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July 1998 Bruce H. Woolley, Pharm.D., Editor Vol. 5, No. 7


Mibefradil (Posicor®/Roche), a T-channel calcium channel blocker, wasvoluntarily removed from the market on June 8th.  In the company's three year trial,they found a significant increase in clinically significant interactions. Posicor is apotent inhibitor of CytP450-3A4 and a moderate inhibitor of 2D6. In a June 12th updatedletter Roche stated that feedback indicated that some patients had experienced druginteractions upon substituting certain alternate therapy for the withdrawn mibefradil(Posicor®).  They stated:

1. If you choose to substitute amlodipine or atenolol, they should preferably bestarted two to three days after mibefradil discontinuation.

2. If you choose to substitute other calcium channel blockers (except felodipine) orother beta blockers (except timolol), they should preferably be started seven days aftermibefradil discontinuation.

3.  If you choose to substitute felodipine or timolol, they should preferably bestarted fourteen days after mibefradil discontinuation.

4.  No special precaution regarding the timing for switching is necessary forother antihypertensive or anti-anginal medications (e.g., ACE inhibitors, angiotensin IIantagonists, diuretics, nitrates). Any drug metabolized by the cytochrome P450 3A4 or 2D6isoenzymes may interact with mibefradil.  Therefore, as a reminder, theco-administration of mibefradil with drugs metabolized by the 3A4 or 2D6 isoenzymes of thecytochrome P450 system may result in increased plasma levels of those drugs, so doseadjustments may be necessary as mibefradil is withdrawn.

Generic (and trade) names for drugs that may interact with mibefradil substitution mayinclude  amiodarone (Cordarone), astemizole (Hismanal), bepridil (Vascor), cisapride(Propulsid), cyclosporine Neoral, Sandimmune), cyclophosphamide (Cytoxan), desipramine(Norpramin), erythromycin, etoposide (VePesid), flecainide (Tambocor), flutamide(Eulexin), halofantrine (Halfan), ifosfamide (Ifex), imipramine (Tofranil), lovastatin(Mevacor), mexiletine (Mexitil), pimozide (Orap), propafenone (Rythmol), quinidine,simvastatin (Zocor), tacrolimus (Prograf), tamoxifen (Nolvadex), terfenadine (Seldane),thioridazine (Mellaril), vinblastine (Velban), vincristine (Oncovin).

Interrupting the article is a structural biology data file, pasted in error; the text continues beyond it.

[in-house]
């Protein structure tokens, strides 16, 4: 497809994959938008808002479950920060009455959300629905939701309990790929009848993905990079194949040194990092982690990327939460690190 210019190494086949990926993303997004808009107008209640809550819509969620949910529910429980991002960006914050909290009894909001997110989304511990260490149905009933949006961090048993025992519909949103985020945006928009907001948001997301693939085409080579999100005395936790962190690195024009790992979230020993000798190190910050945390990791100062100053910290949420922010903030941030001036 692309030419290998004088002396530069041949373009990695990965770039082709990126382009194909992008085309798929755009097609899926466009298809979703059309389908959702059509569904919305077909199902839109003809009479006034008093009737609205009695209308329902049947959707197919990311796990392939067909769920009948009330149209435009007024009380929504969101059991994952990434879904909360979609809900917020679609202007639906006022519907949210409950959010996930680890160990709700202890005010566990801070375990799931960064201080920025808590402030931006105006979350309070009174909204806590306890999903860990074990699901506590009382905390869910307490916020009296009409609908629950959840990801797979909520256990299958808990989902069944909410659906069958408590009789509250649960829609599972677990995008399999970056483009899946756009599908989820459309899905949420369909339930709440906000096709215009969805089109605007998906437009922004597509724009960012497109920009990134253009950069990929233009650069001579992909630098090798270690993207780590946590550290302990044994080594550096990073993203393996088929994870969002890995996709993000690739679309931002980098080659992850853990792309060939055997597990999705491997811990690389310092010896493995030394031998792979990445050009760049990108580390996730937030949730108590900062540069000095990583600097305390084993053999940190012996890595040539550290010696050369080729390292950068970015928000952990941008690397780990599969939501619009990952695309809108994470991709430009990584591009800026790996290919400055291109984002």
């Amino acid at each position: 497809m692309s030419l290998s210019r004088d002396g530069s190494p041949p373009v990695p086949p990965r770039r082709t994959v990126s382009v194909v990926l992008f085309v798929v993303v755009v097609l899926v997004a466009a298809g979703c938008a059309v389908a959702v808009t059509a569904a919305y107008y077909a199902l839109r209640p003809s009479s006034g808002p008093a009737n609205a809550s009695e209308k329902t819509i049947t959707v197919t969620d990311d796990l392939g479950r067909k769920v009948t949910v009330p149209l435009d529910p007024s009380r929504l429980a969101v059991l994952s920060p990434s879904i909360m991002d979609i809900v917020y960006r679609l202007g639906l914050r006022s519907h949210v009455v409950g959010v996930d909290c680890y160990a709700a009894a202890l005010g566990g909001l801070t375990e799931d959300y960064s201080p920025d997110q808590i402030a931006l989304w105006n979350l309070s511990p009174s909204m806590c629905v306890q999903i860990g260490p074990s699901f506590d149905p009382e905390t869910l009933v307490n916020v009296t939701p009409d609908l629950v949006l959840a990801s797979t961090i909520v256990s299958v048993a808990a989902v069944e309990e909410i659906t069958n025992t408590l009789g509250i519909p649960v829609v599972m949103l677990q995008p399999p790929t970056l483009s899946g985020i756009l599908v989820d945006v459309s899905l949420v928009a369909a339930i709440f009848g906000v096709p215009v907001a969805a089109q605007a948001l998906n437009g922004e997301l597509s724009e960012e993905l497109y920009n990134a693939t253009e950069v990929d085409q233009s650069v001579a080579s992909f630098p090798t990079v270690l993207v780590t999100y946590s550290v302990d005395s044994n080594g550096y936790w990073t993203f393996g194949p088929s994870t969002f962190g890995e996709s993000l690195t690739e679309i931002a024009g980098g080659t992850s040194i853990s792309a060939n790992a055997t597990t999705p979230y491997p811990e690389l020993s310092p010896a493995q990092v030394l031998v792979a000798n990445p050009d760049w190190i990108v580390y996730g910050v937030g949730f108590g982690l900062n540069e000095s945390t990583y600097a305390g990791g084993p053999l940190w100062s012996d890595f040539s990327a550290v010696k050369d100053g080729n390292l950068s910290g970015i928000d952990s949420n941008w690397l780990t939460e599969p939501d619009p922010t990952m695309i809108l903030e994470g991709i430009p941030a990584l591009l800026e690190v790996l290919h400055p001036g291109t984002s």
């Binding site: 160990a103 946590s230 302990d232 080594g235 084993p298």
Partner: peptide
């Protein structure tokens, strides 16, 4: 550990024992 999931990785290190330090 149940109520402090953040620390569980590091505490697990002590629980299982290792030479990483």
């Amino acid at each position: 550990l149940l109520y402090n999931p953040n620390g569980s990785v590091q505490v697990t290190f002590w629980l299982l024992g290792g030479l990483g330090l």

Bromfenac sodium (Duract®/Wyeth-Ayerst), a nonsteroidalanti-inflammatory analgesic, was voluntarily withdrawn from the market on June 22nd. Theaction was in response to postmarketing reports of severe hepatic failure resulting infour deaths and eight liver transplants. Marketing approval was granted in July 1997 forshort-term (<10days) management of acute pain and was never approved for long-term use in chronic pain. All but one of the 12 cases noted had ingested the drug for longer than the ten days. The one exception involved a patient with significant pre-existing liver disease. Wyeth-Ayerst had issued a “Dear Health Professional” letter in February and had revised the product labeling to include a black box warning. Despite the warnings it was concluded by the company that additional steps to limit use to ten days were not feasible and the withdrawal decision was made. Patients should discontinue use of the medication immediately. Information concerning bromfenac can be obtained by calling 800-281-9260.


The FDA has granted marketing approval for cetirizine (Zyrtec®/Pfizer) for use in thetreatment of seasonal and perennial allergic rhinitis and for chronic idiopathic urticariain children 2 years and older. The carboxylated metabolic product of hydroxyzine hasproven effective in the late phase of the allergic response, partly due to its inhibitionof eosinophilic accumulation. Side effects in adults include: drowsiness, fatigue and drymouth. In children, the side effects include: headache, drowsiness, sore throat, andstomach pain.